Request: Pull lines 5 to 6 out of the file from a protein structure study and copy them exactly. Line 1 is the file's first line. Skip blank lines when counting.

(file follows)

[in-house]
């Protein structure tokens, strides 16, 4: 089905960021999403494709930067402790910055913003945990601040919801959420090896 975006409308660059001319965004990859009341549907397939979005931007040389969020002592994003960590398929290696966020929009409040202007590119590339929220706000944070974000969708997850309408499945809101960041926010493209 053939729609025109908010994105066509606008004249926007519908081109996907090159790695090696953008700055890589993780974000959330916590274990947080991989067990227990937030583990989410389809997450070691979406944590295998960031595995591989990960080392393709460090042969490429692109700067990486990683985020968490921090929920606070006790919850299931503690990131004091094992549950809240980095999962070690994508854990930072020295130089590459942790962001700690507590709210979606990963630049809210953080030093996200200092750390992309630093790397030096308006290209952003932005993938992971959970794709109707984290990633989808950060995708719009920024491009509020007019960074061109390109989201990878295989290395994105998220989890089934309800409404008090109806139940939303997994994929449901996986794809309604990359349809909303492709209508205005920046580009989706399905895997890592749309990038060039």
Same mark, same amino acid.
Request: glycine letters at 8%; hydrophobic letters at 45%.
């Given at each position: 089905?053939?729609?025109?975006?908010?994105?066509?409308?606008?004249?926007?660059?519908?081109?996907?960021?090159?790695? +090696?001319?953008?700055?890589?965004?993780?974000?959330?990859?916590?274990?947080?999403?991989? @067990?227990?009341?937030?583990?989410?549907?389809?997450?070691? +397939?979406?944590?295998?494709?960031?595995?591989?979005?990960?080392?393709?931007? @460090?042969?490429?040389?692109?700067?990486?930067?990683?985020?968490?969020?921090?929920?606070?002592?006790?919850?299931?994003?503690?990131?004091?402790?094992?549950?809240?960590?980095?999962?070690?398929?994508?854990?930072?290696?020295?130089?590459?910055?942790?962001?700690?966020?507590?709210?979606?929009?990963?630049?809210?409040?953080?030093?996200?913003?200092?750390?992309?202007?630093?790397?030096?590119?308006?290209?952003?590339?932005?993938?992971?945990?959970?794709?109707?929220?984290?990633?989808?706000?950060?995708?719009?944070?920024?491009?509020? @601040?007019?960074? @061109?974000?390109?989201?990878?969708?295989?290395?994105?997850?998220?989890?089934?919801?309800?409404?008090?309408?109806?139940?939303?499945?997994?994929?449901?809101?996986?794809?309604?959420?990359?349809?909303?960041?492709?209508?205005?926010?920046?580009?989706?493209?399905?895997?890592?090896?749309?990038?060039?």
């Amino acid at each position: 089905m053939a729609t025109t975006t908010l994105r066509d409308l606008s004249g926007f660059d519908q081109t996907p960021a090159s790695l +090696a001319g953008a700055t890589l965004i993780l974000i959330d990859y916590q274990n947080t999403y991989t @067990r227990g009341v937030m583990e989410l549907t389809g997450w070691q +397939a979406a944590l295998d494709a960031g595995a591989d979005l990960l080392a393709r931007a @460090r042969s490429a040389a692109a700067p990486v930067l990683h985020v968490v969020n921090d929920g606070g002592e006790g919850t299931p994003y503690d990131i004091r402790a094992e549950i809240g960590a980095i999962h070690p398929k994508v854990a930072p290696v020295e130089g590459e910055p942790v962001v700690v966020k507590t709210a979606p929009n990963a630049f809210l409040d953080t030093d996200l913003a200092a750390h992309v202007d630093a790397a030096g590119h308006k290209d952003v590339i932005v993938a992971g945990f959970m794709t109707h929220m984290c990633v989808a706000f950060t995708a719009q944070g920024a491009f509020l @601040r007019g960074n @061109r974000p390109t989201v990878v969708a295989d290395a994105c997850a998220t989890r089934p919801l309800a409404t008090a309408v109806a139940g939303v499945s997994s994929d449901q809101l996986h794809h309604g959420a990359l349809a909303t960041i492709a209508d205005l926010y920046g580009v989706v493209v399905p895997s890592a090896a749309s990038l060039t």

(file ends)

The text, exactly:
């Given at each position: 089905?053939?729609?025109?975006?908010?994105?066509?409308?606008?004249?926007?660059?519908?081109?996907?960021?090159?790695? +090696?001319?953008?700055?890589?965004?993780?974000?959330?990859?916590?274990?947080?999403?991989? @067990?227990?009341?937030?583990?989410?549907?389809?997450?070691? +397939?979406?944590?295998?494709?960031?595995?591989?979005?990960?080392?393709?931007? @460090?042969?490429?040389?692109?700067?990486?930067?990683?985020?968490?969020?921090?929920?606070?002592?006790?919850?299931?994003?503690?990131?004091?402790?094992?549950?809240?960590?980095?999962?070690?398929?994508?854990?930072?290696?020295?130089?590459?910055?942790?962001?700690?966020?507590?709210?979606?929009?990963?630049?809210?409040?953080?030093?996200?913003?200092?750390?992309?202007?630093?790397?030096?590119?308006?290209?952003?590339?932005?993938?992971?945990?959970?794709?109707?929220?984290?990633?989808?706000?950060?995708?719009?944070?920024?491009?509020? @601040?007019?960074? @061109?974000?390109?989201?990878?969708?295989?290395?994105?997850?998220?989890?089934?919801?309800?409404?008090?309408?109806?139940?939303?499945?997994?994929?449901?809101?996986?794809?309604?959420?990359?349809?909303?960041?492709?209508?205005?926010?920046?580009?989706?493209?399905?895997?890592?090896?749309?990038?060039?």
């Amino acid at each position: 089905m053939a729609t025109t975006t908010l994105r066509d409308l606008s004249g926007f660059d519908q081109t996907p960021a090159s790695l +090696a001319g953008a700055t890589l965004i993780l974000i959330d990859y916590q274990n947080t999403y991989t @067990r227990g009341v937030m583990e989410l549907t389809g997450w070691q +397939a979406a944590l295998d494709a960031g595995a591989d979005l990960l080392a393709r931007a @460090r042969s490429a040389a692109a700067p990486v930067l990683h985020v968490v969020n921090d929920g606070g002592e006790g919850t299931p994003y503690d990131i004091r402790a094992e549950i809240g960590a980095i999962h070690p398929k994508v854990a930072p290696v020295e130089g590459e910055p942790v962001v700690v966020k507590t709210a979606p929009n990963a630049f809210l409040d953080t030093d996200l913003a200092a750390h992309v202007d630093a790397a030096g590119h308006k290209d952003v590339i932005v993938a992971g945990f959970m794709t109707h929220m984290c990633v989808a706000f950060t995708a719009q944070g920024a491009f509020l @601040r007019g960074n @061109r974000p390109t989201v990878v969708a295989d290395a994105c997850a998220t989890r089934p919801l309800a409404t008090a309408v109806a139940g939303v499945s997994s994929d449901q809101l996986h794809h309604g959420a990359l349809a909303t960041i492709a209508d205005l926010y920046g580009v989706v493209v399905p895997s890592a090896a749309s990038l060039t």